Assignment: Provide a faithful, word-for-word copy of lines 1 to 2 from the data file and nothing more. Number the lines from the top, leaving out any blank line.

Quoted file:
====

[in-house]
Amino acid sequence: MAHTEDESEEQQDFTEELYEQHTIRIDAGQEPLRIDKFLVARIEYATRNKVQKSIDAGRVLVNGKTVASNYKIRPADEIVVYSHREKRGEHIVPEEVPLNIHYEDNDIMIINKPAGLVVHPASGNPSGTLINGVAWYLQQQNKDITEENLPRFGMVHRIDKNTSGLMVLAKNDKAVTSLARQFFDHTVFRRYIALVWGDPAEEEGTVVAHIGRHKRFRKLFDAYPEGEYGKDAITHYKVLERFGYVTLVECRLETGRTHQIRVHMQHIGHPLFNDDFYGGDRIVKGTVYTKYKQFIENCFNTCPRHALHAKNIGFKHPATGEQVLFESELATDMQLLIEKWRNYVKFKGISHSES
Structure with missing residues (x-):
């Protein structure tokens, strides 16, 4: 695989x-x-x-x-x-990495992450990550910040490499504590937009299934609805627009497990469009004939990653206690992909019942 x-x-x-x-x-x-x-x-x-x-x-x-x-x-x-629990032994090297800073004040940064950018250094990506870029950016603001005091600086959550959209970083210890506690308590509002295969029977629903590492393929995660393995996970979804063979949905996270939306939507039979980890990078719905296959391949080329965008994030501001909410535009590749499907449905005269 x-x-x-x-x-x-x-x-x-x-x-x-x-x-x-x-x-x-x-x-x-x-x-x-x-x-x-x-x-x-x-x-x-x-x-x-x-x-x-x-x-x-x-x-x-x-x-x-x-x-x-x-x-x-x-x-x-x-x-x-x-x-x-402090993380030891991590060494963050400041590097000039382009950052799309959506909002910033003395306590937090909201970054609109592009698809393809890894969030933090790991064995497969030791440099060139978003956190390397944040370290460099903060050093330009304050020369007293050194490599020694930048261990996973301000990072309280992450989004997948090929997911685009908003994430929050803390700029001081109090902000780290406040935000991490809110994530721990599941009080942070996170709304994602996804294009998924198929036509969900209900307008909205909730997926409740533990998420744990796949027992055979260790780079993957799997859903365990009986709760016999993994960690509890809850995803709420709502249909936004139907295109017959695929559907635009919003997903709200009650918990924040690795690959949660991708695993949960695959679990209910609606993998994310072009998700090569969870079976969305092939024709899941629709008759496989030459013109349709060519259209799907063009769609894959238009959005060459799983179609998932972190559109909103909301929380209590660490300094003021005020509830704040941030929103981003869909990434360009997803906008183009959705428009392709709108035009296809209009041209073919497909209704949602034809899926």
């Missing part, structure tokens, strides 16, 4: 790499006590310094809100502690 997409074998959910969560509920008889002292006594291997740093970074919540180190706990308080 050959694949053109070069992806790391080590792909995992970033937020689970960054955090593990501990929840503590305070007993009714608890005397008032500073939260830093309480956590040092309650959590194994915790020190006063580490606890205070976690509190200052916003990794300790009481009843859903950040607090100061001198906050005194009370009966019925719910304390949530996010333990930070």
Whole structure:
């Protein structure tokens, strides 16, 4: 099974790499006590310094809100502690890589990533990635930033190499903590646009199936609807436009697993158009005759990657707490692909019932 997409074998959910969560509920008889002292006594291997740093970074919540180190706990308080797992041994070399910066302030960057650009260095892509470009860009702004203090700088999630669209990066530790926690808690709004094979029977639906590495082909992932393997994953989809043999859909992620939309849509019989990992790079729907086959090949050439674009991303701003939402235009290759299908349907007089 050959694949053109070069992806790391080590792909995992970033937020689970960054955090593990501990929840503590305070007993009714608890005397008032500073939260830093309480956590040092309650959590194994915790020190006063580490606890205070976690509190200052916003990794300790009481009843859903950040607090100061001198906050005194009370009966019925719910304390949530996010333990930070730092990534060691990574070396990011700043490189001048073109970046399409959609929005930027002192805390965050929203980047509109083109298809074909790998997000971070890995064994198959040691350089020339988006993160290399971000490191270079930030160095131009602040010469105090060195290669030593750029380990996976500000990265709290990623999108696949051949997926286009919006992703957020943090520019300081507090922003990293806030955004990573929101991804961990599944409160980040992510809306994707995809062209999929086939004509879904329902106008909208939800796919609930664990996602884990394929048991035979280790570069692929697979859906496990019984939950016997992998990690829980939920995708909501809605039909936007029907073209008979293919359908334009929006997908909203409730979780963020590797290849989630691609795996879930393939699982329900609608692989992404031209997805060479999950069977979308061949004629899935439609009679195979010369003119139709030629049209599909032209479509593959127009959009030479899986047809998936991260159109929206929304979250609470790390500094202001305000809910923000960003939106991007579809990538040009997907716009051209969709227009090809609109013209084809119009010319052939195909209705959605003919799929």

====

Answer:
[in-house]
Amino acid sequence: MAHTEDESEEQQDFTEELYEQHTIRIDAGQEPLRIDKFLVARIEYATRNKVQKSIDAGRVLVNGKTVASNYKIRPADEIVVYSHREKRGEHIVPEEVPLNIHYEDNDIMIINKPAGLVVHPASGNPSGTLINGVAWYLQQQNKDITEENLPRFGMVHRIDKNTSGLMVLAKNDKAVTSLARQFFDHTVFRRYIALVWGDPAEEEGTVVAHIGRHKRFRKLFDAYPEGEYGKDAITHYKVLERFGYVTLVECRLETGRTHQIRVHMQHIGHPLFNDDFYGGDRIVKGTVYTKYKQFIENCFNTCPRHALHAKNIGFKHPATGEQVLFESELATDMQLLIEKWRNYVKFKGISHSES